It’s not your imagination. If you put any stock in recruiting rankings at all–and you should–then you should be very, very happy with how Auburn’s staff has recruited thus far for the class of 2010. The expectation after the surprise successes of Signing Day 2009 was that with a full calendar year in which to work, Chizik and Co. would accomplish even bigger and even better things … and they have.
Some of that is that they’ve started making a bigger push in-state, that they’ve made huge strides in filling in the ravaged depth chart at linebacker and offensive line, that they’re widely expected to land what one major service considers the No. 1 running back in the country. But mostly it’s in the overall numbers, in the huge step forward made in the class’s depth.
Look for a moment at Rivals. Their grading system files your run-of-the-mill three star–what we might consider your “average” prospect at the SEC level, with the obvious caveat here that “average” prospects to the gurus do often wind up superstars–at a “5.6” level. A 5.7 is a high-end three-star, with any higher grade worth four stars and above; a 5.5 is a lower-end three-star, with any lower grade worth just two stars or less. (There’s a wide range, in other words, in the quality of recruits that fall under the “three-star” label at Rivals. I like pointing out that Neiko Thorpe had a 5.7 grade and offers from Georgia and South Carolina; Drew Cole had a 5.5 grade and only one other SEC offer, from Miss. St. Even though both were three-stars, one of these players was always much, much more likely to become, well, the player he’s become.)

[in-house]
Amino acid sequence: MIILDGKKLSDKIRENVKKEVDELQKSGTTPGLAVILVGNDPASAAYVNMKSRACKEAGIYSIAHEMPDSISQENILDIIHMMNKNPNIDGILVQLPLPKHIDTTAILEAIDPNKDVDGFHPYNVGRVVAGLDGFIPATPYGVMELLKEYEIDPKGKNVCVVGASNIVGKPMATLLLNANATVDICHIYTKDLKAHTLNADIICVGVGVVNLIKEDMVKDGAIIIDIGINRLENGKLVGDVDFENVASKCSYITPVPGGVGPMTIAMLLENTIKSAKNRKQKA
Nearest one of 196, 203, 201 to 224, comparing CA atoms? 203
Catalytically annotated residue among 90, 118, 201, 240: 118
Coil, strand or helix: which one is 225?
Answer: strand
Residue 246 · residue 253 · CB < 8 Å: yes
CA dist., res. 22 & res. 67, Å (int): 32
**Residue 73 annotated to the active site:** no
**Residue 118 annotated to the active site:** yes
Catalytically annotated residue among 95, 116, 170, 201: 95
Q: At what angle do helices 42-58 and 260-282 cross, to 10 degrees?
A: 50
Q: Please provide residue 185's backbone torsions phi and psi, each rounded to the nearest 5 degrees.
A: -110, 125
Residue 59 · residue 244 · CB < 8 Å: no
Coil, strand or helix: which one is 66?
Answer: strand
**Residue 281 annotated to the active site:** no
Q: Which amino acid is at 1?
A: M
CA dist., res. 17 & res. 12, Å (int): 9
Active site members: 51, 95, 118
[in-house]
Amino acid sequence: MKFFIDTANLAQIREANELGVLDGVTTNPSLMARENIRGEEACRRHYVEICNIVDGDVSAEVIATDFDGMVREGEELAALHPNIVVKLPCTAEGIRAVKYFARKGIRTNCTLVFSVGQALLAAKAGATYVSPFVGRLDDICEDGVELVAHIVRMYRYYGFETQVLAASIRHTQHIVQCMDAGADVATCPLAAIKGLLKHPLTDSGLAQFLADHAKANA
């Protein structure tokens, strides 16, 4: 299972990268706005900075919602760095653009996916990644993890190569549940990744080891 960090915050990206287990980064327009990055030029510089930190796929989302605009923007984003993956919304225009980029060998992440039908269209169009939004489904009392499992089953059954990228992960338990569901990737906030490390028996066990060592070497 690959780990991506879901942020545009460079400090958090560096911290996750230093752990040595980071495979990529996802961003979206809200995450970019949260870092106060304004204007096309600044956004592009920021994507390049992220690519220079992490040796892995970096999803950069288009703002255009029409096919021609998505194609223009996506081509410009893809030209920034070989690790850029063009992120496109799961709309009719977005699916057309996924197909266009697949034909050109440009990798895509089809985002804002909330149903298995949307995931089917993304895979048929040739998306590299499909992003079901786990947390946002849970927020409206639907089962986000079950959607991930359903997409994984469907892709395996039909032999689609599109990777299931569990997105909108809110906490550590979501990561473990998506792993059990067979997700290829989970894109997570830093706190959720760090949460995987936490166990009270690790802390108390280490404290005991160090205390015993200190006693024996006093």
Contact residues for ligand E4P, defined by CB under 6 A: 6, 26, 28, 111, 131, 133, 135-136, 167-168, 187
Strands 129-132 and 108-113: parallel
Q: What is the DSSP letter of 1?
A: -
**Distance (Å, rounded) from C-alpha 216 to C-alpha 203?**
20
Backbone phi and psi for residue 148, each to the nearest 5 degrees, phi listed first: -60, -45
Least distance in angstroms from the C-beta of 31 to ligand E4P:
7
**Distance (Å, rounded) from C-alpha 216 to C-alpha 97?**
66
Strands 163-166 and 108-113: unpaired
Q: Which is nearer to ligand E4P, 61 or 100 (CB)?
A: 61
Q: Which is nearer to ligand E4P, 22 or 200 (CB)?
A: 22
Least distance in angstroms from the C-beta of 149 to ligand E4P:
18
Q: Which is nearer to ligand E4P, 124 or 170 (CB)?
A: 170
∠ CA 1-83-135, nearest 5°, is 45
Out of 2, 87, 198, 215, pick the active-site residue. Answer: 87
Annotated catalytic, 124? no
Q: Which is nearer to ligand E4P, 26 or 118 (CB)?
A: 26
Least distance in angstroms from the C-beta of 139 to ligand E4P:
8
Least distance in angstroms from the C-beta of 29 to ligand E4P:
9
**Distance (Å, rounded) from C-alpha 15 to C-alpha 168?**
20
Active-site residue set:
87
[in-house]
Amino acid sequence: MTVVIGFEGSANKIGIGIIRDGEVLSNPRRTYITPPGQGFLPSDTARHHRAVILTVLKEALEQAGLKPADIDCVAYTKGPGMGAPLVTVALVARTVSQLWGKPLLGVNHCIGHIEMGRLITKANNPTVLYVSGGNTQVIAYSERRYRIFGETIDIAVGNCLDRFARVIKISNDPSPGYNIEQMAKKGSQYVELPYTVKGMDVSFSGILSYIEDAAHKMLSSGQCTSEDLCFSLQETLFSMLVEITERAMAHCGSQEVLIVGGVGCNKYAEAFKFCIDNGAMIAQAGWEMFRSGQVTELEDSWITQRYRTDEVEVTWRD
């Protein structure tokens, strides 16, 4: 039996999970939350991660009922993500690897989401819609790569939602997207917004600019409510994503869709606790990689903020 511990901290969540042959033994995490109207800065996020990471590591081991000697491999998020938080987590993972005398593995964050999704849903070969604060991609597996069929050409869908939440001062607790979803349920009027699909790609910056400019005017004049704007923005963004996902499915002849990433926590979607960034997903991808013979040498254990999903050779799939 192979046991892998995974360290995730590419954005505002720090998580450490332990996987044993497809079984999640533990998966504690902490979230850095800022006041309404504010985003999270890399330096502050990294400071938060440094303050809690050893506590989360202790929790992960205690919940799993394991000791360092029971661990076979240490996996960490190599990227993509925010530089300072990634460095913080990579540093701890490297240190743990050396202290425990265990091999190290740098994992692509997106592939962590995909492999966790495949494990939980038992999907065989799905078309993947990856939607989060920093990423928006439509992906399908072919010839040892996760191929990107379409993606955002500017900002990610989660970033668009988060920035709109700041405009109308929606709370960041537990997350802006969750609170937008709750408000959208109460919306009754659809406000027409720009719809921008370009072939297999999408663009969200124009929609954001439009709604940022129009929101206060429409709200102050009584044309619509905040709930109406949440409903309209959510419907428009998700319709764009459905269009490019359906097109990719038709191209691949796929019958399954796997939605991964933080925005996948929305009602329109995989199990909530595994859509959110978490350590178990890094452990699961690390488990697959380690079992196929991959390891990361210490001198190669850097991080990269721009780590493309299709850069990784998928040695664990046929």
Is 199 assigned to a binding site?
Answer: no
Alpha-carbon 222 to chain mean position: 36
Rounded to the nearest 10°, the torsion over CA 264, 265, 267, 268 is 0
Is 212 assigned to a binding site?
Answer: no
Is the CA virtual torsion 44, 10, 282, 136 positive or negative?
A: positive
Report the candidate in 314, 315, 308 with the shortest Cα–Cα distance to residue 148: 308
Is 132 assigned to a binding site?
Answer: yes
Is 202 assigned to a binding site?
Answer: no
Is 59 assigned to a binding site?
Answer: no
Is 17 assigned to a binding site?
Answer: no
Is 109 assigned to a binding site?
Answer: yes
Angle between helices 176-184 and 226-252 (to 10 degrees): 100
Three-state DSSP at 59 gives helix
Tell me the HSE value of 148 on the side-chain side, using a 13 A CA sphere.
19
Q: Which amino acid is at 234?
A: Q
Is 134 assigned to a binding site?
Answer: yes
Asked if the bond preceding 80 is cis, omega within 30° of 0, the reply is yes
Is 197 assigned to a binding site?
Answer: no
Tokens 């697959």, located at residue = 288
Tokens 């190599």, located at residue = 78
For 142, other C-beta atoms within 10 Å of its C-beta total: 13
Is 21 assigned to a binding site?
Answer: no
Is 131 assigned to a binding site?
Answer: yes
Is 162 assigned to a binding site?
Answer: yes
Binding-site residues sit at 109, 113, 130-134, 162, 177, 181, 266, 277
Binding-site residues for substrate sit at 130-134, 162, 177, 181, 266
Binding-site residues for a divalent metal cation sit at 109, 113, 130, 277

So: last year, Auburn signed 28 commitments. Rivals called nine of them four-stars, but if we look at “above-average” prospects, with a grade of 5.7 or better, only 13 of them–or 46 percent–graded out at that level. We can do something similar at ESPN, where a grade of 77 is the baseline; of the 25 prospects evaluated for Auburn’s 2009 class*,12 of them, or 48 percent, received a 78 or better.
Those ratios have changed dramatically this season. With Auburn’s last three commitments (LaDarius Owens, Craig Sanders, and Ed Christian) all getting the four-star treatment from Rivals, Auburn already has seven four-stars in the class and seems likely to surpass last year’s total for that level of talent. But it’s the depth in the class as a whole that’s really impressive: of Auburn’s current 19 commitments, 12 are above-average, “5.7”-or-better recruits. If we remove the two kickers–which Rivals does not grade at that level on general principle–the 2010 class’s ratio is 12/17, or 71 percent above the Rivals baseline**. It’s a similar story at ESPN, where 13 of Auburn’s 18 evaluated prospects–72 percent–have received 78s or better .